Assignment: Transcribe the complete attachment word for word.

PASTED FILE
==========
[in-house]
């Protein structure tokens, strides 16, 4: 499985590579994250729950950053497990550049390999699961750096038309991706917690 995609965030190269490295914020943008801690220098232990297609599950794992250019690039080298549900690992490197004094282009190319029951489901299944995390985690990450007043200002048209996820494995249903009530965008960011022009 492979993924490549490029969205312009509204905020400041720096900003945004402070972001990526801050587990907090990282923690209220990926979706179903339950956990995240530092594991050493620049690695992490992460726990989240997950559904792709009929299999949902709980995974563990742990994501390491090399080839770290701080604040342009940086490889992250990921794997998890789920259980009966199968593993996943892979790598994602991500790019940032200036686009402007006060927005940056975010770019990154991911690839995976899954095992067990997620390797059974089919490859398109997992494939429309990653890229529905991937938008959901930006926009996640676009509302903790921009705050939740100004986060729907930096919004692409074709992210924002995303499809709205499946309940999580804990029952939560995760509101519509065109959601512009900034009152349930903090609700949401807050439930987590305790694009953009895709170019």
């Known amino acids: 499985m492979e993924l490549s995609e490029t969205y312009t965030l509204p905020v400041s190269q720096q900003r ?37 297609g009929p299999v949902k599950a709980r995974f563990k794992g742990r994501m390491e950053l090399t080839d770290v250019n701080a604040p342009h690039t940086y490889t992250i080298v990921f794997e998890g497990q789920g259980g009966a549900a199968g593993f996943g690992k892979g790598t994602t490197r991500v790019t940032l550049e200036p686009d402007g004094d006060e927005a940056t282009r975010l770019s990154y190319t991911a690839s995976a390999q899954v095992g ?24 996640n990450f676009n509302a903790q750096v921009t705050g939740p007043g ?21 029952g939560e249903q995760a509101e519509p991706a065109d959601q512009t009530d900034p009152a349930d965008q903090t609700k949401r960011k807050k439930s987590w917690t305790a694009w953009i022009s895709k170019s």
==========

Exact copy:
[in-house]
């Protein structure tokens, strides 16, 4: 499985590579994250729950950053497990550049390999699961750096038309991706917690 995609965030190269490295914020943008801690220098232990297609599950794992250019690039080298549900690992490197004094282009190319029951489901299944995390985690990450007043200002048209996820494995249903009530965008960011022009 492979993924490549490029969205312009509204905020400041720096900003945004402070972001990526801050587990907090990282923690209220990926979706179903339950956990995240530092594991050493620049690695992490992460726990989240997950559904792709009929299999949902709980995974563990742990994501390491090399080839770290701080604040342009940086490889992250990921794997998890789920259980009966199968593993996943892979790598994602991500790019940032200036686009402007006060927005940056975010770019990154991911690839995976899954095992067990997620390797059974089919490859398109997992494939429309990653890229529905991937938008959901930006926009996640676009509302903790921009705050939740100004986060729907930096919004692409074709992210924002995303499809709205499946309940999580804990029952939560995760509101519509065109959601512009900034009152349930903090609700949401807050439930987590305790694009953009895709170019």
């Known amino acids: 499985m492979e993924l490549s995609e490029t969205y312009t965030l509204p905020v400041s190269q720096q900003r ?37 297609g009929p299999v949902k599950a709980r995974f563990k794992g742990r994501m390491e950053l090399t080839d770290v250019n701080a604040p342009h690039t940086y490889t992250i080298v990921f794997e998890g497990q789920g259980g009966a549900a199968g593993f996943g690992k892979g790598t994602t490197r991500v790019t940032l550049e200036p686009d402007g004094d006060e927005a940056t282009r975010l770019s990154y190319t991911a690839s995976a390999q899954v095992g ?24 996640n990450f676009n509302a903790q750096v921009t705050g939740p007043g ?21 029952g939560e249903q995760a509101e519509p991706a065109d959601q512009t009530d900034p009152a349930d965008q903090t609700k949401r960011k807050k439930s987590w917690t305790a694009w953009i022009s895709k170019s």